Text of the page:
History and Leadership
UWC Atlantic College is not a place for the faint-hearted, nor should it be; it provides a very special kind of educational experience. Approximately 350 young people from over 90 different nations and from a wide spectrum of socio-economic backgrounds, cultures and creeds, congregate each year at the college. I suspect that, for a fleeting moment, many of the new arrivals experience moments of doubt, as they are deposited at the gates of a medieval castle. In no time at all, however, the warmth of the welcome provided by the second year students banish all anxieties, and the newcomers embark upon one of the most amazing and privileged journeys that they will make in their lives. It will not be easy, we set out to challenge, but it will certainly be worth it.
The concept of bringing together young people from around the world, to live, work and serve together in this dramatic setting is truly unique, and I know that the friendships that are forged here, and the opportunities to learn from each other, will resonate throughout the future lives of all our students. This wonderful opportunity, however, carries with it an enormous obligation: to uphold the values of the UWC movement, and to make a positive difference with our lives. This is no ordinary mission, but then, this is no ordinary place.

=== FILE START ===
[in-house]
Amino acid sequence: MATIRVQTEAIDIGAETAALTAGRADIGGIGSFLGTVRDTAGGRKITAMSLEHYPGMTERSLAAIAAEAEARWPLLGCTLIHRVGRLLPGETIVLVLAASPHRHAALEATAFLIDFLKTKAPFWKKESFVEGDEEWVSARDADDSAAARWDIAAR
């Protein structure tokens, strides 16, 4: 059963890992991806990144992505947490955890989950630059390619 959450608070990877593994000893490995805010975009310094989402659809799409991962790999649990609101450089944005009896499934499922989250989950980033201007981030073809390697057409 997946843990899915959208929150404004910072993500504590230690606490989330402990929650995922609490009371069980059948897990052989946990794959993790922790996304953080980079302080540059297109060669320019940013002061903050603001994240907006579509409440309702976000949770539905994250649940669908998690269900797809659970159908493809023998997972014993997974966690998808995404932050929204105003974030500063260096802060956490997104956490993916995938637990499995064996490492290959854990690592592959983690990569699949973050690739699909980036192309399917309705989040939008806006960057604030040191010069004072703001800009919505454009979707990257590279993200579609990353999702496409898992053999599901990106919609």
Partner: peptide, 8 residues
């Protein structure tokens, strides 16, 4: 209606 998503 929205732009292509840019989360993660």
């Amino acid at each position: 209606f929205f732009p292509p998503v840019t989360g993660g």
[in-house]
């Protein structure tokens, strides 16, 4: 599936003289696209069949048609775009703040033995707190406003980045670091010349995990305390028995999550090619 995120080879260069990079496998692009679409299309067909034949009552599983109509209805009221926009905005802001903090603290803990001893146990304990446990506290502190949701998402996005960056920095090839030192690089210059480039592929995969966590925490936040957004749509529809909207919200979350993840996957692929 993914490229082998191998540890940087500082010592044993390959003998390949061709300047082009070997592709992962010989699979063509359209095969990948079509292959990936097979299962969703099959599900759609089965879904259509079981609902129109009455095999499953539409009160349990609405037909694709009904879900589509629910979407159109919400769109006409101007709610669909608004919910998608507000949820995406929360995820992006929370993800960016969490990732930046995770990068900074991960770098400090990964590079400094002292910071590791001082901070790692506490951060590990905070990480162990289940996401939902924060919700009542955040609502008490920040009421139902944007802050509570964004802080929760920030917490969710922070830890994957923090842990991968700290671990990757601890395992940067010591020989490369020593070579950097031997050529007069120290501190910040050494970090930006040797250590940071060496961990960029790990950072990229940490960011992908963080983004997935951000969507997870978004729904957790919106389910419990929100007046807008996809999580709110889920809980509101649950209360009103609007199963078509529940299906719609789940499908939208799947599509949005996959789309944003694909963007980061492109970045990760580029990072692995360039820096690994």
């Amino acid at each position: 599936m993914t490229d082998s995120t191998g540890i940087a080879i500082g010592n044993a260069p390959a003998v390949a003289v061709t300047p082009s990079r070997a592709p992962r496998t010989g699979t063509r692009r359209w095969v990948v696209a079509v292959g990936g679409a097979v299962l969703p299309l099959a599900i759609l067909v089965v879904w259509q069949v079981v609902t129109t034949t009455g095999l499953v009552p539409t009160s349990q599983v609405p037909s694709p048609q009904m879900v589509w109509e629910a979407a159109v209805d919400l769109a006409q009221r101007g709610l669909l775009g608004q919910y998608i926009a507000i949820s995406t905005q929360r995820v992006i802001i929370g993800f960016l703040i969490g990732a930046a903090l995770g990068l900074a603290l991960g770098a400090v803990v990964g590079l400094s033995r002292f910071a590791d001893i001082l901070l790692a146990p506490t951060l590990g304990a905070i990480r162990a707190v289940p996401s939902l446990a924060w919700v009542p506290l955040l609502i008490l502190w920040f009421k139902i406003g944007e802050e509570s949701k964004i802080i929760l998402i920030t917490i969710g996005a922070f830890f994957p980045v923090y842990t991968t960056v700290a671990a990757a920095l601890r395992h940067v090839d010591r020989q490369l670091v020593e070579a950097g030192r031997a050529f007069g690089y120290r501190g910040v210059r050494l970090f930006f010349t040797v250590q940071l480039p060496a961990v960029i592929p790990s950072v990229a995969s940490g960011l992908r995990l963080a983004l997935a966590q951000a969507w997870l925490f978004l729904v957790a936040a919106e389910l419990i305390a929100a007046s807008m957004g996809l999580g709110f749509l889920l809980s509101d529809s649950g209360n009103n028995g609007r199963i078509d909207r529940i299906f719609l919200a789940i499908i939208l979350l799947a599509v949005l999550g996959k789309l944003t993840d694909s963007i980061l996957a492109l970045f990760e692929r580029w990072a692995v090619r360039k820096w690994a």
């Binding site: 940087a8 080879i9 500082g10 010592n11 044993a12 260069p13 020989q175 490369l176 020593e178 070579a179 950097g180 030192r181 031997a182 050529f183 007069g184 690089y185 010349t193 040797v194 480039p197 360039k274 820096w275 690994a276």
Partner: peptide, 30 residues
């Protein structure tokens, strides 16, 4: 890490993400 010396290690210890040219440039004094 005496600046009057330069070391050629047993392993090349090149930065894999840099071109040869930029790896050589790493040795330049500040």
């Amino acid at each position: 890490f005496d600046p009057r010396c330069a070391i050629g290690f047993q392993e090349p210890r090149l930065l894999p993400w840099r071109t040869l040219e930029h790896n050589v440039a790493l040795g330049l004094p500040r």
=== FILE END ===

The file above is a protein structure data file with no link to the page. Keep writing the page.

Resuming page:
A lecture visit in 1956 to the NATO Defence College in Paris saw the beginnings of ideas on what would become a global education movement. It was at this meeting that British Commandant Air Marshal Sir Lawrence Darvall was inspired by Kurt Hahn's analysis of the state of the young. Hahn's ideas were original, imaginative and far-sighted enough to conceive a two year college bringing together students from all over the world, selected on personal merit, irrespective of race, religion, politics and the ability to pay, with the explicit aim of fostering international understanding. Both Kurt Hahn and Lawrence Darvall saw the college as a demonstration of how conflict and hostility could be overcome if young people from different nations, races and religions could be brought together to learn from each other. Eventually opened in 1962, it has educated over seven thousand students to date.
In this twenty-first century, tragically, there are still wars to protest, and refugees to embrace; conflict still seems to be a part of the human condition, but it is surely within the grasp of educated young people to make a difference. UWC Atlantic College strives to provide an education that begins and ends with our common humanity, and one that transcends the narrow ideologies that plague the world. This makes a difference. For all our sakes, it has to.